The New Anti-Air Pollution Movement: Social Construction in Taiwan

Written by Ming-sho Ho.

Social constructionism is a theory which ascertains how people perceive reality because it is through this process which we are able to actually define what this reality is. In a sense, people co-produce the world around them. When applied to environmental studies, this approach suggests that pollution is a matter of subjective perception.

The emergence of Taiwan’s recent anti-air pollution movement in 2011, to use the founding of Air Clean Taiwan (ACT 台灣健康空氣行動聯盟) as a reference point, illustrates the powerful impact of social construction. The Environmental Protection Agency (EPA) report indicates that the number of days with Pollution Standards Index (PSI) exceeding 100 has steadily declined between 2007 and 2016. If this scientific measure reflects the actual air quality experienced by people in Taiwan, we would have difficulties in explaining why there is a new wave of anti-pollution activists. Why did the Taiwanese become more concerned about pollution when their air quality has been incrementally improving?

The Taichung Power Plant, the largest coal-fired plant in the world, emerged as the prime target for protesters in Nantou County, which does not have any large-scale industrial facilities within its borders.

True, environmentalists have always been suspicious of the figures given by the reports, and they complained about incomplete official monitoring systems. Nevertheless, the recent campaign had the following novel features. Ever since the advent of the environmental movement in the mid-1980s, air pollution has been one of the key instigators of popular protests. In the past, protests usually targeted a nearby facility as they were driven to protest by acute discomfort or pain. The source of toxicity was easily identifiable without the need for scientific investigation. Successful protests usually led to compensation for victims, or an improvement in the control or monitoring of pollution.

More recent protests, however, have been mounted by people who have been indirectly affected by air pollution. Often the source of the alleged pollutant was from some distance away. For instance, the Taichung Power Plant, the largest coal-fired plant in the world, emerged as the prime target for protesters in Nantou County, which does not have any large-scale industrial facilities within its borders. In what might be called “citizen science” or “popular epidemiology”, scientific terms, such as PSI, Air Quality Index, and Particulate Matter (PM) 2.5, were used to justify their victimisation claim. The ACT, for instance, once campaigned for the inclusion of PM 2.5 in the weather forecast. Absent was the demand for monetary compensation; rather, campaigners pressured local and national governments for policy-level changes.

A number of preceding events helped “construct” this new style of environmental activism. Firstly, whilst the Kuokuang Petrochemical Project was heatedly debated in 2010, an environmental engineer estimated that the increase in air pollution in terms of PM 2.5 would have cost each person on average 23 days from their life expectancy. Although the study was contested by environmental officials, Taiwan’s media popularised this research, which in part led to the demise of the project. The event increased public understanding of the harmful effects of PM 2.5 and the EPA decided to include that pollutant into its monitoring scheme in 2012. To continue pursuing environmental concerns, some anti-Kuokuang campaigners formed the ACT, whose advocacy has inspired many local initiatives.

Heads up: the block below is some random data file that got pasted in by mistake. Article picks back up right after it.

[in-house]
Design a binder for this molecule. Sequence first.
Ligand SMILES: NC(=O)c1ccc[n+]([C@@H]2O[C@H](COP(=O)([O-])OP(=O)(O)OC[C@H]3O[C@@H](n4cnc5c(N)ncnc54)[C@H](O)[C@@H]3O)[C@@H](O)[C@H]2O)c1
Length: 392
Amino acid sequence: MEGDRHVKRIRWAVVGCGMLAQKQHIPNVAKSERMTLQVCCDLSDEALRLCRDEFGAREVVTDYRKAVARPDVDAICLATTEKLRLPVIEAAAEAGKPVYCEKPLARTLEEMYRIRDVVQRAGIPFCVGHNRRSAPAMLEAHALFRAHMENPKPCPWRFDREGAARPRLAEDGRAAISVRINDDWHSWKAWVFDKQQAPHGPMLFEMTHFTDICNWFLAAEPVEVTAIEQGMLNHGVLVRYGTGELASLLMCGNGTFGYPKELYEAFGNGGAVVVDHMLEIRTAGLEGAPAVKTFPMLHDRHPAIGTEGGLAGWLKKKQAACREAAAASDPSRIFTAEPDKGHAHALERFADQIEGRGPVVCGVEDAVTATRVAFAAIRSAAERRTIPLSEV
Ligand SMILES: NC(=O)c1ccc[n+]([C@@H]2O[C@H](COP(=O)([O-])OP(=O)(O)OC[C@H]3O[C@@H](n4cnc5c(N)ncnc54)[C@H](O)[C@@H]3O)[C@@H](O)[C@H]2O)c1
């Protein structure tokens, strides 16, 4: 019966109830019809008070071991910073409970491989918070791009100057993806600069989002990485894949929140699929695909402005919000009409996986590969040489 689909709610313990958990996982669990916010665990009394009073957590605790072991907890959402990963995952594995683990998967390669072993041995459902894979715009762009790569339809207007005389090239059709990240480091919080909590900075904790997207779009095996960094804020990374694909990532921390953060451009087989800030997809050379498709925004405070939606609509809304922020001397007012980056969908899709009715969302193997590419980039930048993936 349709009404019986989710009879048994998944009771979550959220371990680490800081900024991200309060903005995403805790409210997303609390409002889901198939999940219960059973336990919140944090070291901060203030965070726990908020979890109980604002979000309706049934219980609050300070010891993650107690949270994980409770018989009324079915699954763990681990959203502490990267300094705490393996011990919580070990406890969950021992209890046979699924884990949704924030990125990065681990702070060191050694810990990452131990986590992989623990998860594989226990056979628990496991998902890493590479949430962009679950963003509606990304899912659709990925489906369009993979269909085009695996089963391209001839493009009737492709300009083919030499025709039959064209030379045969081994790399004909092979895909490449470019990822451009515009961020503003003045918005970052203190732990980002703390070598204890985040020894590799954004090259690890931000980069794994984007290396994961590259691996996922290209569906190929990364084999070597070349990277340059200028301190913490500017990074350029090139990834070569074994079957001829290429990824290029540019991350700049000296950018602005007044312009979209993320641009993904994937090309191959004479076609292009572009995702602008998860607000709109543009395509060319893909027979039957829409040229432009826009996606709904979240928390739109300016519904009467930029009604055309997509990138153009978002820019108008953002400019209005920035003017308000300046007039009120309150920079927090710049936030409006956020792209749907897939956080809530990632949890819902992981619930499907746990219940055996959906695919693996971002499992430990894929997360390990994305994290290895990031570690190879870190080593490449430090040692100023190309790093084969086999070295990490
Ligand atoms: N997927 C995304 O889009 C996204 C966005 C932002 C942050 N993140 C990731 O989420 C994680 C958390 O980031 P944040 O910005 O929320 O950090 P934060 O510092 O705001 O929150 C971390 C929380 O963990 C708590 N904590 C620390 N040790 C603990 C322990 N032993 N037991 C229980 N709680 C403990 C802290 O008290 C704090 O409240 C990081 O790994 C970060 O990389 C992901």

In March 2015, a Chinese documentary Under the Dome (穹顶之下) was released online. The film vividly demonstrated the devastation caused by air pollution and targeted some state-owned enterprises as the main culprits. Although the documentary sparked speculation regarding its ulterior political motives and quickly became banned in China, it went viral in Taiwan with more and more people becoming aware of the term PM 2.5. On June 6 of that year, the ACT launched rallies simultaneously in many cities and won the endorsement of politicians from different parties. Using the Google Trends service, the following graphic plots the internet search for “PM 2.5” in Taiwan from 2004 to 2017. Clearly, the popularity of Under the Dome as well as the subsequent protests helped construct a new wave of anti-air pollution protestors.

Ming-sho article

There are other probable causes which have contributed to the growing concern of air quality control. For example, in recent years, outdoor activities, such as cycling, road running, and camping increased the number of people who are particularly vulnerable to air pollution. Key events which contributed to this growing popularity included the launch of YouBike, a bicycle-sharing system originating in Taipei and later extending to other cities in 2009, as well as the start of the Taipei International Marathon in 2004. As there were more bikers, road runners and campers in Taiwan, poor air quality became more hazardous. In fact, many environmental organisations had criticised local governments’ enthusiasm to sponsor marathons or other road running events without considering air quality, because inhaling toxic air intensively and on a large scale was seen to amount to a “collective, slow suicide.”

In addition, the advancement of internet communication technology might also have helped to spread the awareness of air pollution. It has become convenient to access real-time information concerning air quality. There exist hundreds of free apps which provide constantly updated PM2.5 index for smart phone users. Recently, parents and environmentalist organisations have been arguing that primary schools should suspend outdoor activities on the days when PM 2.5 exceeds the safety level.